But if most people are craving more excitement in bed, why are we still having run-of-the-mill sex? Many couples are afraid to switch up a sexual script that’s working—meaning, both partners are already getting off—says relationship expert Wendy Walsh, Ph.D., author of The 30-Day Love Detox. “People learn to play each other’s instruments, and then they go to the same two spots,” she says. “But you become accustomed to that and you can become numb emotionally and physically. Then things just don’t work as well as they did before.”
Take your sex life from meh to amazing with these tips from the experts:
Stop Faking It Immediately
You probably wouldn’t say you had a blast on your date if it was actually a bore, so why lie in the bedroom? If you want more exciting sex, don’t pretend to like something that doesn’t actually excite you. “You shouldnever fake an orgasm,” says Walsh. “That thing he was doing wrong—he’s now going to keep doing it.” Instead, let him know when something feels amazing, either by speaking up or engaging in some pretty obvious body language. That way there’s no confusion about what you really like in bed. (Also worth nothing: Great sex can exist without an orgasm.)
Ignore Your Instincts
That stereotype that men are the only ones who crave something new in bed is so false. In fact, research shows women are even more likely to want sexual novelty, says Walsh. Satisfy the urge by doing something totally outside your sexual script, like making a sex bucket list, getting busy in every room but your bedroom, having sex before work in the morning, or even heading to a hotel for a distraction-free hookup.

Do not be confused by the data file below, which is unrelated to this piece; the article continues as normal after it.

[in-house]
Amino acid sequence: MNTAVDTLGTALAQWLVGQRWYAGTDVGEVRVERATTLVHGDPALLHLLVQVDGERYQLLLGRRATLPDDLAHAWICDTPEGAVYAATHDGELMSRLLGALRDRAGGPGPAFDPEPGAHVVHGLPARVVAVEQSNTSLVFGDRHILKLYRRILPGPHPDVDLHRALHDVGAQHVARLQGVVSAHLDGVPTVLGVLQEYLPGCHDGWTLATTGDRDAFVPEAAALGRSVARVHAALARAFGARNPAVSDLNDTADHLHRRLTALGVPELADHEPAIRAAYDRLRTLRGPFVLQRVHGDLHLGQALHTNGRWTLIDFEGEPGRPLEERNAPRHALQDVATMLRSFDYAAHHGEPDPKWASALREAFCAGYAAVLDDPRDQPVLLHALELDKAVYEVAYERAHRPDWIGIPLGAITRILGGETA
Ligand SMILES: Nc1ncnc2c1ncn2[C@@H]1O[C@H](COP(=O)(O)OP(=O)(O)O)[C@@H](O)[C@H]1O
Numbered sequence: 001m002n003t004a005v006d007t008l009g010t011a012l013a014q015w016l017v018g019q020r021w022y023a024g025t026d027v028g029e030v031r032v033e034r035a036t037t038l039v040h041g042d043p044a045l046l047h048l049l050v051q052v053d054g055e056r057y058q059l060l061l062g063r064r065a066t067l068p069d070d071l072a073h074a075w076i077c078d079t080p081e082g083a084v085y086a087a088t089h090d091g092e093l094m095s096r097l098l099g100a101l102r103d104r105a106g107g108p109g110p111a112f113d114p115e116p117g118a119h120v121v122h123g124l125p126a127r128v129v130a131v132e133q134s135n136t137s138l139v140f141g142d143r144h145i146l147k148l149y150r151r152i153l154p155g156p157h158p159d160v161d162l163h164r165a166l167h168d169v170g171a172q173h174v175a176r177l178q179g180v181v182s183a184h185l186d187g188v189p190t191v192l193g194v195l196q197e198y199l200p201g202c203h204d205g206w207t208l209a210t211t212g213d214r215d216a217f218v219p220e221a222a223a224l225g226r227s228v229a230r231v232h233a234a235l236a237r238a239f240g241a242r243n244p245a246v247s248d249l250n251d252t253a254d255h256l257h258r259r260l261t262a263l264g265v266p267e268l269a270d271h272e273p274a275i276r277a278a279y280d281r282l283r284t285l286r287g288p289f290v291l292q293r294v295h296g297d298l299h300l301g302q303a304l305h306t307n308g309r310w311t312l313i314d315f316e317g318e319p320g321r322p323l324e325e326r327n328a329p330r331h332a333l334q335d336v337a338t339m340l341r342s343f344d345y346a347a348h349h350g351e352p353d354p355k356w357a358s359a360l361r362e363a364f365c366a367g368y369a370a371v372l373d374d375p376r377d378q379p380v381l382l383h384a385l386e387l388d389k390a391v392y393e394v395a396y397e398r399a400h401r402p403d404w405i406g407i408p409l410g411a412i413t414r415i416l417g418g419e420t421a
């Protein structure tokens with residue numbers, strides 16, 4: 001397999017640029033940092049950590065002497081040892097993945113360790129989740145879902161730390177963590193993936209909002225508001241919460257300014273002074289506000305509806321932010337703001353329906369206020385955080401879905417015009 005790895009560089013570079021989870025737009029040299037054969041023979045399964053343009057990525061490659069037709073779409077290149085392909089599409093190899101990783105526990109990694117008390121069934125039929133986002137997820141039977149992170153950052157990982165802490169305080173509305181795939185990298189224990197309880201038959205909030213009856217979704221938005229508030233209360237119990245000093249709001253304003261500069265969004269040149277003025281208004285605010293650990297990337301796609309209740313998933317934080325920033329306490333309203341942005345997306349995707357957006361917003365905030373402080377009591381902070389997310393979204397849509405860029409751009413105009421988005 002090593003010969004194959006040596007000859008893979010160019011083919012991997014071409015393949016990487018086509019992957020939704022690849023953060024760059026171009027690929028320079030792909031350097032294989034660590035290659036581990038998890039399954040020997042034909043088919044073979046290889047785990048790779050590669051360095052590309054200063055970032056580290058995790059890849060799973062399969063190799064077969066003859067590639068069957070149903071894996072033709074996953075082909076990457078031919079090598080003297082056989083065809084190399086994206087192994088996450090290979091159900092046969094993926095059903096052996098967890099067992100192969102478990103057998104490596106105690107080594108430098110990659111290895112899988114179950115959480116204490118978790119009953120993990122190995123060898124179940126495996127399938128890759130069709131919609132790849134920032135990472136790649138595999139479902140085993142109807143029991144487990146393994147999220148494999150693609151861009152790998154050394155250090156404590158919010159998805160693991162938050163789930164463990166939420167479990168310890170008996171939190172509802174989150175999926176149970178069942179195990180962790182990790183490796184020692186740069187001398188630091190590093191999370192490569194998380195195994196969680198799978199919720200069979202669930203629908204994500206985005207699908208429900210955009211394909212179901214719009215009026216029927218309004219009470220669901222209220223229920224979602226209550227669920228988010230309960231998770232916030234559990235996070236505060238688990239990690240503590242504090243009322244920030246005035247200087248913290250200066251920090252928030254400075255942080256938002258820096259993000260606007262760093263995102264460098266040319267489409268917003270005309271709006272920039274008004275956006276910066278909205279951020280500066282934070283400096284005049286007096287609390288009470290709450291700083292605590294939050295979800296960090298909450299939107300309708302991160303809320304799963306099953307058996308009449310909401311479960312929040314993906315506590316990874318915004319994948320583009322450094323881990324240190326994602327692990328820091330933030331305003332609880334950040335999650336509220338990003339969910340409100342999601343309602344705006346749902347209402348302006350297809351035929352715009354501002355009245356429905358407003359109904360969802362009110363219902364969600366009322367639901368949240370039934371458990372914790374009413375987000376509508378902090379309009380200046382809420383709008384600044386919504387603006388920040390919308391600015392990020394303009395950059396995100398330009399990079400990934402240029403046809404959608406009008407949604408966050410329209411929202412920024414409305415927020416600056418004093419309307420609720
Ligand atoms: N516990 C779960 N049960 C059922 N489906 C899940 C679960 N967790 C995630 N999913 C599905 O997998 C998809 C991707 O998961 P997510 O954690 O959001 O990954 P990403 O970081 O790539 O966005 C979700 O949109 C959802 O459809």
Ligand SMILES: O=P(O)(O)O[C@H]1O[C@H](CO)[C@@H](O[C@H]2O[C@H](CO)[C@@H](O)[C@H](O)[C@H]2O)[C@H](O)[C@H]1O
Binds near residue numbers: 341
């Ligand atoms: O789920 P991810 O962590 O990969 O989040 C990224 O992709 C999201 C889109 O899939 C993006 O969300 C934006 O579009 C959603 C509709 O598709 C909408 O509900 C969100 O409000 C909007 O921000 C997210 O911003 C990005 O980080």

Play Up the Fantasy
So how do you bring up the fact that you want to try a new position or light bondage? “Put the thing you’d like to do into the context of a sexy fantasy or dream that involves your partner,” says sex therapist Ian Kerner, Ph.D., author of She Comes First. For instance, you can tell him you had a crazy-hot dream about shower sex last night or that you can’t get this Fifty Shades-style fantasy out of your head. He’ll definitely get the hint.
Match Your Position to Your Mood
Just like your dates range from romantic to passionate, your hookups should, too. Depending on the mood you’re in, get creative with your sex style, says Kerner. Craving emotional intimacy and eye contact? Go withMissionary. Feel like ripping each other’s clothes off the second you get home? Opt for Upstanding Citizen against a wall. Ready to take control? Hop on top for Reverse Cowgirl. You get the idea.
Put It in Your iCal
We know, scheduling sex—ugh. But even just giving yourself a mental heads-up can put you in a sexy mindset all day long. Whether it’s wearinghot new lingerie all day, getting a wax, or texting your partner something you’re dying to do later, these little rituals can act as extended foreplay, says Walsh.
Dress the Part
Use pop-up Halloween stores to your advantage, and pick up a few sultry accessories or even a full outfit, says Kerner. Putting on a totally different persona (whether it’s with a blonde wig and thigh highs or a sexy nurse’s outfit) will give you both a chance to play out a fantasy with lowered inhibitions.
Make foreplay more fun by turning it into a giver-and-receiver game, says Kerner. Decide how much time to spend on each person, and take turns doing whatever you or your partner wants. Then switch. Bonus: Pleasing your partner can turn you on even more.
Just Go For It
When in doubt, take the reins. “If you’re a woman wanting more novelty, it’s great to be a little bold and assertive,” says Kerner. Just slow down and kiss your partner before changing positions so it doesn’t seem like you’re dissing their moves.